The Best Reasons to Have Some Chocolate
I love chocolate. That isn’t a flippant statement. I actually have a shelf of books devoted to the subject of chocolate such as The Chocolate Bible and The True History of Chocolate by Sophie Coe and in the kitchen is another shelf where I squirrel away my favorite gourmet chocolate bars. I am a connoisseur, I suppose. I also perk up whenever I hear the latest study singing the praises of this Food of the Gods (that’s in the actual scientific name Theobroma cacao). How could I not write about chocolate on this day? St. Valentine isn’t the patron saint of chocolate (St Honoratus of Amiens is–sort of) but he should be, for this is a huge day for chocolate consumption.
Chocolate has 300 compounds and natural chemicals in each bite. It contains traces of many beneficial vitamins and minerals and science is just starting to understand the value of each of those. “Chemically speaking, chocolate really is the world’s perfect food,” Michael Levine, a nutrition researcher once noted. Ever since the Aztecs believed it to be a source of spiritual wisdom, tremendous energy and an aphrodisiac to boot, there have been medical and scientific statements through the centuries on its benefits. In the 1700s French doctors believed chocolate was beneficial for chronic illnesses and as a cure for broken hearts. English doctors recommended a good cup of chocolate after a big breakfast to help with digestion.
So the news over the past couple decades that chocolate is good for you, really isn’t a new concept, but it did have a few decades of bad publicity (thanks to both bad chocolate and bad science at the time?). The kind of chocolate that draws the best praise from scientists is dark chocolate and contains at least 60% cacao OR another form of healthy chocolate is cocoa, the nonfat part of the cacao bean which has been ground into a powder. Adding sugar, milk or hydrogenated or other saturated fats dilutes the nutritional or other benefial effects.
Maybe there is something to the similarites between a Chocolate Bunny and the Energizer bunny
Chocolate, even with very little sugar, can give you a burst of energy. The Mayans, who drank a fairly unprocessed chocolate drink, believed it would help them fight fatigue. It’s probably because of its theobromine content, which has a bigger effect than the touch of caffeine it contains. Theobromine and another alkaloid, called phenethylamine, have physiological effects on the body. It has been linked to serotonin levels in the brain. That will make you feel a lot better; it actually can help fight off the blues.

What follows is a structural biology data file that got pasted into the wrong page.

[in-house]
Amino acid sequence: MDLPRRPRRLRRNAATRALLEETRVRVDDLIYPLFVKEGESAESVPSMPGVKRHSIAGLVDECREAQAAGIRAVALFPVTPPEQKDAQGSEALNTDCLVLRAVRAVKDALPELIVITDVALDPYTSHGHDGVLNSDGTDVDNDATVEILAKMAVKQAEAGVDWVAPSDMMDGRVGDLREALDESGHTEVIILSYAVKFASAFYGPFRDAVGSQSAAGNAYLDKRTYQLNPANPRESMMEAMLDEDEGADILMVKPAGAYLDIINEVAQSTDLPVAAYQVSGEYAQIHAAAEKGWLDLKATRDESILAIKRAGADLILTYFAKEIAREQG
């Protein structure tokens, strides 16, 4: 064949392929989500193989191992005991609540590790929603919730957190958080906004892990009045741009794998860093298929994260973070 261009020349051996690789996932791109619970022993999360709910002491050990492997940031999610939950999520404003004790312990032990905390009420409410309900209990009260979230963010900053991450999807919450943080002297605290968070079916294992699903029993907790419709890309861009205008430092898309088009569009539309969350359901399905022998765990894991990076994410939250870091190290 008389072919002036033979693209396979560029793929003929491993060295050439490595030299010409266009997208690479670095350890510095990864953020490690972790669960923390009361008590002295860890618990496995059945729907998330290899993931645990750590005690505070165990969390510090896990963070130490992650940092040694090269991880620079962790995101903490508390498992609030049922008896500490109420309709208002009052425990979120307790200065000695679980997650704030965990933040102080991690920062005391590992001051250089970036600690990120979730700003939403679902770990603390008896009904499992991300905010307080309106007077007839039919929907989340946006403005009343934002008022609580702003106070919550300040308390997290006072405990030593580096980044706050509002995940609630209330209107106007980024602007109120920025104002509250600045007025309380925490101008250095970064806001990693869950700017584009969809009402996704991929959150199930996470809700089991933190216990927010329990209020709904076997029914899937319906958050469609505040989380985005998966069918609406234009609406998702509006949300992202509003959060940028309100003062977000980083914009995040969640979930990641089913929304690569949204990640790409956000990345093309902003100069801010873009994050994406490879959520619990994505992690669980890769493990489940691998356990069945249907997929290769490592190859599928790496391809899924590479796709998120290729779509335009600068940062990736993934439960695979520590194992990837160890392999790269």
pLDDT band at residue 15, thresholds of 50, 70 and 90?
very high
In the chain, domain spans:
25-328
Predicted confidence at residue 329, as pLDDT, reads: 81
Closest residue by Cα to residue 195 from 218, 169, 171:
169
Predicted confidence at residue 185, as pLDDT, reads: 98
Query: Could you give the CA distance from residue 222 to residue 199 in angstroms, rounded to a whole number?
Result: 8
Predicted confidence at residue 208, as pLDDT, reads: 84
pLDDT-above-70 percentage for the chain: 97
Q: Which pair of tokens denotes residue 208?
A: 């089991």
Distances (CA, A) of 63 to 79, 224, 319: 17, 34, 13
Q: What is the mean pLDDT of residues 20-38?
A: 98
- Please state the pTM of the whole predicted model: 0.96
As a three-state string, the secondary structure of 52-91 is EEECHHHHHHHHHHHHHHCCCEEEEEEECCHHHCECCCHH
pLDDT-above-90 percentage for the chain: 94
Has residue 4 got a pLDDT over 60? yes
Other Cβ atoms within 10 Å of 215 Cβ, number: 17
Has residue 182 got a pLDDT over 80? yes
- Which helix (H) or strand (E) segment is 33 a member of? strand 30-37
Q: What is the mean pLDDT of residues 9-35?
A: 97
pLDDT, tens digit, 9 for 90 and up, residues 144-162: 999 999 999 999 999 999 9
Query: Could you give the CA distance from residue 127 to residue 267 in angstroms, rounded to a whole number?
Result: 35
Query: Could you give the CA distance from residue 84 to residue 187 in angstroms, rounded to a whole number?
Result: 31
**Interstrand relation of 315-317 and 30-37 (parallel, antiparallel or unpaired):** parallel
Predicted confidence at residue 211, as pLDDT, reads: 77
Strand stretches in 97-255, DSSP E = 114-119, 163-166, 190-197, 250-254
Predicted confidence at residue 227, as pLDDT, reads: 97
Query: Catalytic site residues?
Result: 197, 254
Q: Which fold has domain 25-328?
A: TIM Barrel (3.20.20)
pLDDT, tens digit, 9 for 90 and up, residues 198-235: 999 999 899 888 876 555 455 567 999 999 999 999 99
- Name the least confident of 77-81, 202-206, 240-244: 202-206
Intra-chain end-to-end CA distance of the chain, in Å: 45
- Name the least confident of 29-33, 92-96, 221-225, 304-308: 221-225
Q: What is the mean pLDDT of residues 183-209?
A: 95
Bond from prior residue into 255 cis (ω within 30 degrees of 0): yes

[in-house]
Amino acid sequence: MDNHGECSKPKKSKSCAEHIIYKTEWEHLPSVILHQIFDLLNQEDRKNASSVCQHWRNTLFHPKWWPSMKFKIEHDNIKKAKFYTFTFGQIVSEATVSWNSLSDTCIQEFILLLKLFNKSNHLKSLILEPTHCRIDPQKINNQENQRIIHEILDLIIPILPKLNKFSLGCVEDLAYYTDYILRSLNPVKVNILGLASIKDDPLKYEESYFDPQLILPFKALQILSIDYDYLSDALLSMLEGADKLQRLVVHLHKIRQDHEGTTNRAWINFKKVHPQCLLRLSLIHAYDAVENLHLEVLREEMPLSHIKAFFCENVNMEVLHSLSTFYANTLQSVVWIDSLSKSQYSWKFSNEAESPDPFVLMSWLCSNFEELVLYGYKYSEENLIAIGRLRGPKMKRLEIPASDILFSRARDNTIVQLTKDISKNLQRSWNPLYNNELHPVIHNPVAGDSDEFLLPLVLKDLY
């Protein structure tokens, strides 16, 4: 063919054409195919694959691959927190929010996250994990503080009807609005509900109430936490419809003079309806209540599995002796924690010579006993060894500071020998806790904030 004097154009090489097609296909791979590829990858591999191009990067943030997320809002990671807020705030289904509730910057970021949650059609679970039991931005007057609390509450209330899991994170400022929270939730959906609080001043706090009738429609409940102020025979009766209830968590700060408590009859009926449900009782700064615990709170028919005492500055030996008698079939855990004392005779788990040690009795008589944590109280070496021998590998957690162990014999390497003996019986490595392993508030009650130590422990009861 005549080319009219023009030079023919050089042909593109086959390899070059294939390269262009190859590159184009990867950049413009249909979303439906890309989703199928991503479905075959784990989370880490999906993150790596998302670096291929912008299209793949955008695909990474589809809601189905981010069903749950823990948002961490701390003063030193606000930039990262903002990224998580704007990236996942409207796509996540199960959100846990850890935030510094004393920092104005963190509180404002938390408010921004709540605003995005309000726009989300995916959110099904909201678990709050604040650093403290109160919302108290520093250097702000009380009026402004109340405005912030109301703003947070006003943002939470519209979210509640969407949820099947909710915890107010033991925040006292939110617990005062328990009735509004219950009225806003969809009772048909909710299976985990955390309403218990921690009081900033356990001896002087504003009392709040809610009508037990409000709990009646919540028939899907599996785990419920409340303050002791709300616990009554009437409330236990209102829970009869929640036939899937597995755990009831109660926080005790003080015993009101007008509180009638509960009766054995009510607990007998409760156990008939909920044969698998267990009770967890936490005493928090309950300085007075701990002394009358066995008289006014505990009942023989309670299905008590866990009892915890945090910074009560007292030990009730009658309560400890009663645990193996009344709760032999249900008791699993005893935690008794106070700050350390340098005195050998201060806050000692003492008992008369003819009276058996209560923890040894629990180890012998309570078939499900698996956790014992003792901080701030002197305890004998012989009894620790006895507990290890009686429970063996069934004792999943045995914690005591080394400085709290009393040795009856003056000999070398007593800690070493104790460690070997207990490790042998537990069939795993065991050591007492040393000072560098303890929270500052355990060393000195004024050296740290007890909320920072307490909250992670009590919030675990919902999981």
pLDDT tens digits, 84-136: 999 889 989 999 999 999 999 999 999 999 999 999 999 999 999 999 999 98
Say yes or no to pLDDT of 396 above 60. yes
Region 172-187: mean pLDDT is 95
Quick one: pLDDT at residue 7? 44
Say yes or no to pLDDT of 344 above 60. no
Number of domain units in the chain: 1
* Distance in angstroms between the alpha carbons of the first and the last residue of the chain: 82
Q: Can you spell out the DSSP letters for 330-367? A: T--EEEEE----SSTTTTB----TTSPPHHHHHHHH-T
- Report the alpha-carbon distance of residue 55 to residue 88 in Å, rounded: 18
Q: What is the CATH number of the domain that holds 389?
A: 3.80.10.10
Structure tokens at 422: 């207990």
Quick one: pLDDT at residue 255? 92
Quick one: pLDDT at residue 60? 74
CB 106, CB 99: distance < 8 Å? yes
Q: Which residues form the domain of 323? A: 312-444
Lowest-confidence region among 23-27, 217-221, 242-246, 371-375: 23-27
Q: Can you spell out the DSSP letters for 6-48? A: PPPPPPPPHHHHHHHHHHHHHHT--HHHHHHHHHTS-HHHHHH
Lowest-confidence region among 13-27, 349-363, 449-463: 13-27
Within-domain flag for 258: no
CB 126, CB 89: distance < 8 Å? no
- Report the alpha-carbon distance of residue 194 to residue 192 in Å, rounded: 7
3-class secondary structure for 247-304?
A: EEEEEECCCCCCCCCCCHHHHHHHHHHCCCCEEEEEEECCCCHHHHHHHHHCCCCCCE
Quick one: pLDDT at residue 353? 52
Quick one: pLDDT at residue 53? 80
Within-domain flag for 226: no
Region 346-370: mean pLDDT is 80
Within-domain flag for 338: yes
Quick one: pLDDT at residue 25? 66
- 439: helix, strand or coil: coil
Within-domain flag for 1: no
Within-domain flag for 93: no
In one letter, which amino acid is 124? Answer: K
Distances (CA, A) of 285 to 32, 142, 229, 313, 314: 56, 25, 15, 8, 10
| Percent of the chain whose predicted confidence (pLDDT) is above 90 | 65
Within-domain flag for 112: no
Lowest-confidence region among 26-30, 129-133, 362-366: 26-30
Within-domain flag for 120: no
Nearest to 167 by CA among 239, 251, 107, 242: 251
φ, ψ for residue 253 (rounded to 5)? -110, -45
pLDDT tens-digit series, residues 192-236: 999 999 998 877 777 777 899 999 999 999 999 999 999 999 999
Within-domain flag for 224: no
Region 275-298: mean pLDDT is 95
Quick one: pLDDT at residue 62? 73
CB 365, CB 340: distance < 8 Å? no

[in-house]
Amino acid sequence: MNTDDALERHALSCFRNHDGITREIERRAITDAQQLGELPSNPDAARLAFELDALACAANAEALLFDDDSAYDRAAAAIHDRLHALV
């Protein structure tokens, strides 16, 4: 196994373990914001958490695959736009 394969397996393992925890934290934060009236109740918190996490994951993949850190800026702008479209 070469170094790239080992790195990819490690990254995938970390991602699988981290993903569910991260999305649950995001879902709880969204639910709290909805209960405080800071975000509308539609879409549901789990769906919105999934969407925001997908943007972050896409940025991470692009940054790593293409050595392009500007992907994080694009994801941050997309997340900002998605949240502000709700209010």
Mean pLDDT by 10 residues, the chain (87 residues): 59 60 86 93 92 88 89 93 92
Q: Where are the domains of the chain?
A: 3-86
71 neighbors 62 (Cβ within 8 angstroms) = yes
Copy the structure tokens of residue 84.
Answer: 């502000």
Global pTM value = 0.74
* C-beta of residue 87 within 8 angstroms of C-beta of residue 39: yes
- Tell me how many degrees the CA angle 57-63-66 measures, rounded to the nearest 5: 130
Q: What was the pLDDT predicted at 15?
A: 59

Is Chocolate Better than Kissing?
“That rich, luxurious filling; it melts ever so slowly on your tongue and tortures you with pleasure.” Quote from the movie Chocolat
I love this British study which shows it’s all in the way you eat it: place that chocolate piece on your tongue and hold it there until melts. The study showed that chocolate caused a more intense and longer lasting “buzz” than kissing, and doubled volunteers’ heart rates. It was “a buzz that, in many cases, lasted four times as long as the most passionate kiss,” notes Dr. David Lewis, formerly of the University of Sussex. If you want to replicate the study, note that the participants used dark chocolate (60% cacao). Let me know how it goes.
Other Great Benefits
- Chocolate really can make it all better thanks to the theobromine and other compounds which stimulate endorphin production and serotonin levels. “In small amounts, it’s a mood booster,” says Dr. Jennifer Romos-Galluzzi.
- Chocolate can boost your immunity because it contains copper. You don’t want a low copper intake because that can weaken disease fighting cells! Copper is also responsible for processes such as energy metabolism, production of hemoglobin and the formation of connective tissue.
- Good for the heart: Foods which contain flavonoids such as dark chocolate seem to protect against heart disease by improving artery function, allowing them to be more flexible and deal with stresses of dietary fat, exercise and increases in blood pressure. Some research found that chocolate, eaten in moderation, can lower blood pressure.
- Women often say they crave chocolate, especially when they are premenstrual. Scientists believe this may be the body’s attempt to self-medicate and restore the body’s natural balance. Quality dark chocolate and cocoa powders contain high amounts of the mineral magnesium. The body needs magnesium to help the body more efficiently metabolize food into energy .
Your Chocolate Prescription:
According to sports nutritionist Liz Applegate, you can regularly indulge in a bit of good high-flavonoid chocolate if you eat no more than 1-2 ounces a day, and make it dark, which is the most heart-healthy kind. Another great way to indulge is to make a good homemade cup of cocoa. (Here’s our recipe!) Dr. Applegate’s book Eat Smart, Play Hard: Customized Food Plans for All Your Sports and Fitness Pursuits also has a place of honor on my bookshelf–I highly recommend it for athletes who wonder how to eat when they are in training, on a century ride or even trying to lose some weight!